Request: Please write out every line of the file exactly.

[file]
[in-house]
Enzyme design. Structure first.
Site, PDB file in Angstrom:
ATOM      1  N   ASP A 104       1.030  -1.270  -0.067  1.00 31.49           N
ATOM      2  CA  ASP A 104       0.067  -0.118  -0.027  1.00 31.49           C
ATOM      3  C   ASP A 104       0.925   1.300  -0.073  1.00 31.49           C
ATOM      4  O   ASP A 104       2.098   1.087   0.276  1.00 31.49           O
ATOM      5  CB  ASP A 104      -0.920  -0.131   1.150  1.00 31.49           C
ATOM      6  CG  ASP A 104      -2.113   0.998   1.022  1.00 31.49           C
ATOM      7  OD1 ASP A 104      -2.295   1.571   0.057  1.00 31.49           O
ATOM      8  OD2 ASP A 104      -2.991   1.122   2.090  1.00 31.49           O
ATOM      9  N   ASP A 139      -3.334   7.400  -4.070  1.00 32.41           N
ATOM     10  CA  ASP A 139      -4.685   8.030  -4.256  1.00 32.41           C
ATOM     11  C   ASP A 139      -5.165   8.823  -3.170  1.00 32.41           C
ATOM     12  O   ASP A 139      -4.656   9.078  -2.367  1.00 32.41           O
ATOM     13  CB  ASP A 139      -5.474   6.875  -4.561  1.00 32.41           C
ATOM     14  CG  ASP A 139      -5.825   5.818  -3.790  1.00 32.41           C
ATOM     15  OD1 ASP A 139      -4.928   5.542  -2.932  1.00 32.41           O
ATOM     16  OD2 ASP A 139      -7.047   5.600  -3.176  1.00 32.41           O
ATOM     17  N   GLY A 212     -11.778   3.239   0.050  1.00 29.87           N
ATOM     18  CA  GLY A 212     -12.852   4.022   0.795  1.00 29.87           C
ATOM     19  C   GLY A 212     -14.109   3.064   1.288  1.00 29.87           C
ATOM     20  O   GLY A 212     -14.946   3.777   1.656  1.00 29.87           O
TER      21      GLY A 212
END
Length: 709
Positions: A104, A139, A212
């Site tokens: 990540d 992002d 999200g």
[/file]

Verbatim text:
[in-house]
Enzyme design. Structure first.
Site, PDB file in Angstrom:
ATOM      1  N   ASP A 104       1.030  -1.270  -0.067  1.00 31.49           N
ATOM      2  CA  ASP A 104       0.067  -0.118  -0.027  1.00 31.49           C
ATOM      3  C   ASP A 104       0.925   1.300  -0.073  1.00 31.49           C
ATOM      4  O   ASP A 104       2.098   1.087   0.276  1.00 31.49           O
ATOM      5  CB  ASP A 104      -0.920  -0.131   1.150  1.00 31.49           C
ATOM      6  CG  ASP A 104      -2.113   0.998   1.022  1.00 31.49           C
ATOM      7  OD1 ASP A 104      -2.295   1.571   0.057  1.00 31.49           O
ATOM      8  OD2 ASP A 104      -2.991   1.122   2.090  1.00 31.49           O
ATOM      9  N   ASP A 139      -3.334   7.400  -4.070  1.00 32.41           N
ATOM     10  CA  ASP A 139      -4.685   8.030  -4.256  1.00 32.41           C
ATOM     11  C   ASP A 139      -5.165   8.823  -3.170  1.00 32.41           C
ATOM     12  O   ASP A 139      -4.656   9.078  -2.367  1.00 32.41           O
ATOM     13  CB  ASP A 139      -5.474   6.875  -4.561  1.00 32.41           C
ATOM     14  CG  ASP A 139      -5.825   5.818  -3.790  1.00 32.41           C
ATOM     15  OD1 ASP A 139      -4.928   5.542  -2.932  1.00 32.41           O
ATOM     16  OD2 ASP A 139      -7.047   5.600  -3.176  1.00 32.41           O
ATOM     17  N   GLY A 212     -11.778   3.239   0.050  1.00 29.87           N
ATOM     18  CA  GLY A 212     -12.852   4.022   0.795  1.00 29.87           C
ATOM     19  C   GLY A 212     -14.109   3.064   1.288  1.00 29.87           C
ATOM     20  O   GLY A 212     -14.946   3.777   1.656  1.00 29.87           O
TER      21      GLY A 212
END
Length: 709
Positions: A104, A139, A212
């Site tokens: 990540d 992002d 999200g």